Essay Sample on Georgia Rose Revolution of 2003

Published: 2022-03-29 14:30:47
Essay Sample on Georgia Rose Revolution of 2003
Type of paper:  Essay
Categories: Revolution
Pages: 3
Wordcount: 605 words
6 min read
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After a flawed election in Georgia, people took to the street to demand justice in a revolt that came to be known as the Georgia Rose Revolution. The demonstration led to the overthrow of president Eduard Shevardnadze who had been in power since 1995. The revolution got its name after the protesters stormed the parliamentary sessions holding roses.

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Georgia had faced a number of challenges since gaining independence from the Soviet Union from ethnic violence to violence by separatist groups. However, this situation got worse after Shevardnadze was elected the president in 1995.

Shevardnadze government was accused of massive corruption, and human rights abuses. The country's main economic drivers were misused while a few people got rich. The president and his government officials were charged with numerous counts of corruption. The corruption scandal played a critical role in the decline of popularity and the mass support from both his supporters and opponents (BBC, 2005). The corruption was so rampant that by 2002 crime had soared to unprecedented levels. It was not t possible to get any service without paying a bride. The corruption had also discouraged investors from taking their money to Georgia due to the bribes and extortions that had to be paid to keep a business afloat. The corruption in the government had almost bankrupted the country with civil servants missing their pay for several months. The police force was corrupt from the beginning with recruits having to pay the ministry of defense or senior police official to get a job (CNN, 2003). After recruitment, they were supposed to buy their uniforms and equipment needed to work. The policemen would then enter into the police force with the intention of recovering the money they had spent to get the job. The victim o this system was the ordinary man who had to pay bribes to accomplish the simplest thing.

The instability in the country also led to economic stagnation, loss of jobs and a sentiment from the population about the need for change. In 2003, the country held its parliamentary elections a move that would determine who the next president will be in 2005 when the country holds its presidential elections. After, the election, the country erupted into protest after Shevardnadze's party was declared the winner. People believed the president had rigged the elections in favor of his party (BBC, 2005). The demonstrations lasted for several days and finally, the president stepped down. Elections were held the following year with Mikheil Saakashvili who was the leader of the opposition movement winning with a landslide victory having run unopposed.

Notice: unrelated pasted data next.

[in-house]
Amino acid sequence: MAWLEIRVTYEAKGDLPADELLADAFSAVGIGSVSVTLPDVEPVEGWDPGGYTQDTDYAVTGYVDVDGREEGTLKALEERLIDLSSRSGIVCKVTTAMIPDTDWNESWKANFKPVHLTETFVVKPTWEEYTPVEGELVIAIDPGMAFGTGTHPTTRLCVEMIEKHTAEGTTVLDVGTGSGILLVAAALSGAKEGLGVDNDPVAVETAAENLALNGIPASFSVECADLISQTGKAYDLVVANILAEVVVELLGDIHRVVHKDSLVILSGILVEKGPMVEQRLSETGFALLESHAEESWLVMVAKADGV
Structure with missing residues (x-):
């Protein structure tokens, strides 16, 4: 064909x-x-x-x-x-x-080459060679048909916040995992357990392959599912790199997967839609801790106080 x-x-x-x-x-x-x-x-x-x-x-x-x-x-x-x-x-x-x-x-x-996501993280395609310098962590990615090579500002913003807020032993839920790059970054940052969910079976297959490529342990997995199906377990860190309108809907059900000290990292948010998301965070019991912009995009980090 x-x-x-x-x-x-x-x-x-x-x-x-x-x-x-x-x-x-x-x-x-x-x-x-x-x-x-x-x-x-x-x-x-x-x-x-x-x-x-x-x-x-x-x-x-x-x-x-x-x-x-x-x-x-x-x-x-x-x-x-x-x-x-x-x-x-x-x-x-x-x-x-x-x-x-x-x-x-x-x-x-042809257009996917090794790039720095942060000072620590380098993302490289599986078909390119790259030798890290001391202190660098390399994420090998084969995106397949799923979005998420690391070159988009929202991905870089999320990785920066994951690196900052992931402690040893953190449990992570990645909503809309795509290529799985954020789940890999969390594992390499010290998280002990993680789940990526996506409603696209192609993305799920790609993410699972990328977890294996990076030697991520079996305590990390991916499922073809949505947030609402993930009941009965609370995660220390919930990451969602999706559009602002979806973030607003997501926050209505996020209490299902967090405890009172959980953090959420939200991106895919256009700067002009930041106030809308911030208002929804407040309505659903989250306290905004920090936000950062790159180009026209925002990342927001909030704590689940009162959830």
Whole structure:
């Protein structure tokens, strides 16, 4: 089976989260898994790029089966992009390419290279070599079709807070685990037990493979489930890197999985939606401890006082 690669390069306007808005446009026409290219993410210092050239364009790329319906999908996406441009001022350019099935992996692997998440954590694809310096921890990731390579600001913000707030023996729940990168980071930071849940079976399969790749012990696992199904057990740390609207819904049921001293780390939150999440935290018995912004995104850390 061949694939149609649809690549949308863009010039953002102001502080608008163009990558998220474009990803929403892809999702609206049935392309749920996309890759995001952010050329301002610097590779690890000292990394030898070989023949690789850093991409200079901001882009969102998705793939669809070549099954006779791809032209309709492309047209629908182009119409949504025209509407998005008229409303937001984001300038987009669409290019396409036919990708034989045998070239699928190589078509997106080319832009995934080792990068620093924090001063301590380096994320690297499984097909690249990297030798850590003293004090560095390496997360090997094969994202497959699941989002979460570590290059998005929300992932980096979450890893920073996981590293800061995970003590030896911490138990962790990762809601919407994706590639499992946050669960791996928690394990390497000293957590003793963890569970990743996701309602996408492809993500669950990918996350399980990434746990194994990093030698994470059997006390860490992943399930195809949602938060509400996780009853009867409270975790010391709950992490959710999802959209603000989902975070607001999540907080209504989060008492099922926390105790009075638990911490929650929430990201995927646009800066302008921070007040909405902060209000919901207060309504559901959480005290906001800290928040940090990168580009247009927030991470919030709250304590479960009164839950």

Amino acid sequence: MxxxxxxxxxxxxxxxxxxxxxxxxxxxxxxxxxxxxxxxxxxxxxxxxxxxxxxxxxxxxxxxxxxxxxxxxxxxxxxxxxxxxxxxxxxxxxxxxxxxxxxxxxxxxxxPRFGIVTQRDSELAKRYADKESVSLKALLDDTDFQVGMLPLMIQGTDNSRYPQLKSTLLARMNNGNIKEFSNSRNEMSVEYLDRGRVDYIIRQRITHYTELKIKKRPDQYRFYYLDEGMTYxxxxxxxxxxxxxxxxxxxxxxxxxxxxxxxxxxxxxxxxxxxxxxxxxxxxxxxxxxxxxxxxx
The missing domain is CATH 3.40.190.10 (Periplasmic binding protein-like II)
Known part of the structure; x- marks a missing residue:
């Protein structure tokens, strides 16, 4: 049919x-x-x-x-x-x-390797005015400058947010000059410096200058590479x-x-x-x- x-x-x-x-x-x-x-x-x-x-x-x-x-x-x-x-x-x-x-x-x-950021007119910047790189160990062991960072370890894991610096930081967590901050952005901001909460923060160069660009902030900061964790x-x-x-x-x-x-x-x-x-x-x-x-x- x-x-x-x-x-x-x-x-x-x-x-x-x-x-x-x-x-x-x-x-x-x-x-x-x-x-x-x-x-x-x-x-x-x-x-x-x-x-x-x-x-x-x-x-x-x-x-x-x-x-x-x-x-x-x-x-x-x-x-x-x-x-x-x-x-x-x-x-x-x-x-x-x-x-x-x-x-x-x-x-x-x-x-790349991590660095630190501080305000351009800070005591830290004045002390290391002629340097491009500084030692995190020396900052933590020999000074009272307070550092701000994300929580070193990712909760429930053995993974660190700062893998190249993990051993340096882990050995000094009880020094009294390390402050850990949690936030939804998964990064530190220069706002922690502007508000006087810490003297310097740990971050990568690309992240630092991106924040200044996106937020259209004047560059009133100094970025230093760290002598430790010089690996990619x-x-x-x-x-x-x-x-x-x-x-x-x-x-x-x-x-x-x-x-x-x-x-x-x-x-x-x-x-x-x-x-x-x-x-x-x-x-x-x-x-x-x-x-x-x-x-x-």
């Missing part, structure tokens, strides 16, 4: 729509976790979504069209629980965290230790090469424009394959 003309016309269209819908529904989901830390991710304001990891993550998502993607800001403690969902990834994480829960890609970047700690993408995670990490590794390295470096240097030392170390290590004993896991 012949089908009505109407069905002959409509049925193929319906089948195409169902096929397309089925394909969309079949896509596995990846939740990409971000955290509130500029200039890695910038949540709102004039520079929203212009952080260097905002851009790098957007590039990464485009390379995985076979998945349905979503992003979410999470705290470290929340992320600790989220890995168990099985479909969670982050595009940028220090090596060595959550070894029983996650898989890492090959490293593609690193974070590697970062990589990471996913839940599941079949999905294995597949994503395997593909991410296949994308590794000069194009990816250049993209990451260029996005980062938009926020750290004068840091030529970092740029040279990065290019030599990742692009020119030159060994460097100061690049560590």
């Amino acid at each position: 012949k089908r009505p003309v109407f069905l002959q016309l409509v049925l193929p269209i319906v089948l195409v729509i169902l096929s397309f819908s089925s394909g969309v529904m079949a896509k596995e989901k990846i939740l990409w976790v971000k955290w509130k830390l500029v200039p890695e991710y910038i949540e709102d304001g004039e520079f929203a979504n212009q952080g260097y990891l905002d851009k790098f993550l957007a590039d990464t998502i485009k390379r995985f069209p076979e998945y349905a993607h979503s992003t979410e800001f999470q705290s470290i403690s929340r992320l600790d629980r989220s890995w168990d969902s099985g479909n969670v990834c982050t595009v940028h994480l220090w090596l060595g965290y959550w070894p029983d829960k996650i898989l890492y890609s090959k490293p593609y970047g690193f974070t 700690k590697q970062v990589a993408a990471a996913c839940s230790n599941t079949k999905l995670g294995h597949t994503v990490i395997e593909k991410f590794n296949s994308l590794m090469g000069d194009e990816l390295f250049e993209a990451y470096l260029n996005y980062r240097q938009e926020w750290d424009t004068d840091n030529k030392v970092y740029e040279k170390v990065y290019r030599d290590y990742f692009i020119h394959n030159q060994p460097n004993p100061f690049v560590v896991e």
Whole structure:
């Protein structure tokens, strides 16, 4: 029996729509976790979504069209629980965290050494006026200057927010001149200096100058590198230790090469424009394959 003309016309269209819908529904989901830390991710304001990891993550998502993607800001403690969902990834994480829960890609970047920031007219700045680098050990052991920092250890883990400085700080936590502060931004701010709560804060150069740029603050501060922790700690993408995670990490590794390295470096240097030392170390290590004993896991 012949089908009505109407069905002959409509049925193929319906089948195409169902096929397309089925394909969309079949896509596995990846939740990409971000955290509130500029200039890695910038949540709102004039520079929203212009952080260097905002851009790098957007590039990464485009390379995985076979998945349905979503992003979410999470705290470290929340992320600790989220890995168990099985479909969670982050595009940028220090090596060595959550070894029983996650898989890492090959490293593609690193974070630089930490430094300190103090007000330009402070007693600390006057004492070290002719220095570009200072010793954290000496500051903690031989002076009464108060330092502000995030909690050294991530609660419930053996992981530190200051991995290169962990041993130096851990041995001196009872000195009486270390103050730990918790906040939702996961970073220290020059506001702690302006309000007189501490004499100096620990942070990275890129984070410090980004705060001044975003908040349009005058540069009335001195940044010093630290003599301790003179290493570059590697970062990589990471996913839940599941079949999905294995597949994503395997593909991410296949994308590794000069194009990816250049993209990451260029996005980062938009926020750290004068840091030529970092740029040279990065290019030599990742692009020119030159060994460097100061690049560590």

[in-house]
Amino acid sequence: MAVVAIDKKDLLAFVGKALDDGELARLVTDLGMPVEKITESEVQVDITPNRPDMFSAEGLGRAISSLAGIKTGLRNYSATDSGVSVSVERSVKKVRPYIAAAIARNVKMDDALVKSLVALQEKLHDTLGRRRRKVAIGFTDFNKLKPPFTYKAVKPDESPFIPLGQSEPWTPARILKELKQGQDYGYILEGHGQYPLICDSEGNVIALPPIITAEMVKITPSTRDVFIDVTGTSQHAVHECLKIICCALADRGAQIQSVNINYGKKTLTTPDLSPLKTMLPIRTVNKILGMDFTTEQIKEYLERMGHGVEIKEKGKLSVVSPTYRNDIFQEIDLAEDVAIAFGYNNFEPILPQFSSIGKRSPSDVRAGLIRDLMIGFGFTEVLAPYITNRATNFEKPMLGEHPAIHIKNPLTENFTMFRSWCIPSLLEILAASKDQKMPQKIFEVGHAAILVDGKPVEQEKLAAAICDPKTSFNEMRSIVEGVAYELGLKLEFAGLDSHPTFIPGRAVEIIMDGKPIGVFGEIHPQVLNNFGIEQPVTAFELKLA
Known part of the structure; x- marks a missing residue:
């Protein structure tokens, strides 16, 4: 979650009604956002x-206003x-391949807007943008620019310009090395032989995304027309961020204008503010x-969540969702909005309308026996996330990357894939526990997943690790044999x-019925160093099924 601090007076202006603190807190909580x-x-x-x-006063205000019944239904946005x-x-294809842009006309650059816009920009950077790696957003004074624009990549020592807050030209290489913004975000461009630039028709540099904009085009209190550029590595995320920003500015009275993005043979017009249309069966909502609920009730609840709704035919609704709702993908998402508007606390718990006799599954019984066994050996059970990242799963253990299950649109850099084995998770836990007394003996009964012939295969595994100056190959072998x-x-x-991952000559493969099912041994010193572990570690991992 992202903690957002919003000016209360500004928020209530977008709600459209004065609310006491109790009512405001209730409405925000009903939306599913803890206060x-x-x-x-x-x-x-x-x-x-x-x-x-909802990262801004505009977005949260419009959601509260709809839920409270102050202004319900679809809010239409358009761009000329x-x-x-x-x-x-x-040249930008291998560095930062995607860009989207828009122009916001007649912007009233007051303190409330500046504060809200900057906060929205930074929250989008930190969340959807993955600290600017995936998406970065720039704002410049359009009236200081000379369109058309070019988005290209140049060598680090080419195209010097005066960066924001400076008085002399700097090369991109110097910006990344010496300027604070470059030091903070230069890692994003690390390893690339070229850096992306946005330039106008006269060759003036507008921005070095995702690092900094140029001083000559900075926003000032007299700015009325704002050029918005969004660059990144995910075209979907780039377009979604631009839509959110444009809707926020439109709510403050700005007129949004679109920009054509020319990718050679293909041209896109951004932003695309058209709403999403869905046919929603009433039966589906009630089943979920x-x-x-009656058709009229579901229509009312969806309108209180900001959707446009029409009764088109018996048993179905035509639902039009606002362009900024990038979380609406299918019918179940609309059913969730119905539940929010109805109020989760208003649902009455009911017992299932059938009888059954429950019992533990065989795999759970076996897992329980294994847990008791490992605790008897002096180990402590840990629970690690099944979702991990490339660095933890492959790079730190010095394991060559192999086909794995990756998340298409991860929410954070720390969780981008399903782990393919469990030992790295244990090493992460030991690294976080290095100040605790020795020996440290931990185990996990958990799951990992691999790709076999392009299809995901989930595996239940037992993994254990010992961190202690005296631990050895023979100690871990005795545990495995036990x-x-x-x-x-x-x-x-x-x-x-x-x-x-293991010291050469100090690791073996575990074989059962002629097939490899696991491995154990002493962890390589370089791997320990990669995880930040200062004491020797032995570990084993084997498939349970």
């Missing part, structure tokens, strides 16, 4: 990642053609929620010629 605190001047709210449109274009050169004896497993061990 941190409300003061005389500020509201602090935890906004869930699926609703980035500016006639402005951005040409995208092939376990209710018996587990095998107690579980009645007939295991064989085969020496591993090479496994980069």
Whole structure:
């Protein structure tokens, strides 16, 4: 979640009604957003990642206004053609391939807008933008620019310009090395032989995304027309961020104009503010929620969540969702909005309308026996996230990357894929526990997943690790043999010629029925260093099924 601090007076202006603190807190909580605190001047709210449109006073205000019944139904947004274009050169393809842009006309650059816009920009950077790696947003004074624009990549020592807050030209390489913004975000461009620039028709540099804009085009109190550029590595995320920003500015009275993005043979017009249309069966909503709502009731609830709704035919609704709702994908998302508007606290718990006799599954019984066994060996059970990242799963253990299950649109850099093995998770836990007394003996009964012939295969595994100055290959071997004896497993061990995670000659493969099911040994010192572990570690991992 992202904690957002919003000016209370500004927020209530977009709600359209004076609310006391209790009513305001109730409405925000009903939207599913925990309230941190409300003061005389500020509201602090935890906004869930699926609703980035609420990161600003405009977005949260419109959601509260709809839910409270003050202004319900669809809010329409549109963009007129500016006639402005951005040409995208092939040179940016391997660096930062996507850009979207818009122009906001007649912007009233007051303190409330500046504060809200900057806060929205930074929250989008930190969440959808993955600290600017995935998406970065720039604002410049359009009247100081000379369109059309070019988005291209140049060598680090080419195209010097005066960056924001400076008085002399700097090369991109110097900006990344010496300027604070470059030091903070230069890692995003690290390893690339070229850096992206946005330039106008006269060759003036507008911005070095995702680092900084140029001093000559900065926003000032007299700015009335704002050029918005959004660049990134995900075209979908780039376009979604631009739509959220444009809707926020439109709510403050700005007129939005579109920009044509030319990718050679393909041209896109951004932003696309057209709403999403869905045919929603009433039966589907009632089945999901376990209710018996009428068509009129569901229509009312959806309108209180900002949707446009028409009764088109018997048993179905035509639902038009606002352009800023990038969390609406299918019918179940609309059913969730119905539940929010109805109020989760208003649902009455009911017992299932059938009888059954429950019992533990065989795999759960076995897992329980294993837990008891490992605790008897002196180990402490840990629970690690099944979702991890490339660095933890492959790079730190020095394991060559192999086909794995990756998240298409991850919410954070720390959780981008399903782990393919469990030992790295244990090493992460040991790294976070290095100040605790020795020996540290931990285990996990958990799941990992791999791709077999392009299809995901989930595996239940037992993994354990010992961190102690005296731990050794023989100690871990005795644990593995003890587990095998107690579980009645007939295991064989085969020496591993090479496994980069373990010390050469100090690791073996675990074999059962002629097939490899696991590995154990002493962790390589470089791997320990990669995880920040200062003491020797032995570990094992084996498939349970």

After the overthrow of the president, the country saw a significant change under the new leadership. In February 2004, Georgia's parliament strengthened the powers of the president and elected a cabinet and a prime minister. Mr. Saakashvili then formed a tribunal that was tasked with tackling corruption and getting back the country's wealth that had been looted. The committee set to deal with corruption cases found dozens of the former ministers had engaged in corrupt practices (Monson, 2009,). The judges sentenced most of these officials to life in prison. Additionally, the assets and saving belonging to these individuals were confiscated and the money moved to government coffers. Some of the supporters of Mr. Saakashvili got cabinet positions while others were given jobs in the new government in various capacities.

References

BBC. (2005, May 10). BBC NEWS | Europe | How the Rose revolution happened. Retrieved from http://news.bbc.co.uk/2/hi/4532539.stm

CNN. (2003). CNN.com - Saakashvili bids to lead Georgia - Nov. 26, 2003. Retrieved from http://edition.cnn.com/2003/WORLD/europe/11/26/georgia.candidate/index.html

Monson, G. C. (2009). Georgia after Rose Revolution. New York: Nova Science Publishers, Inc.

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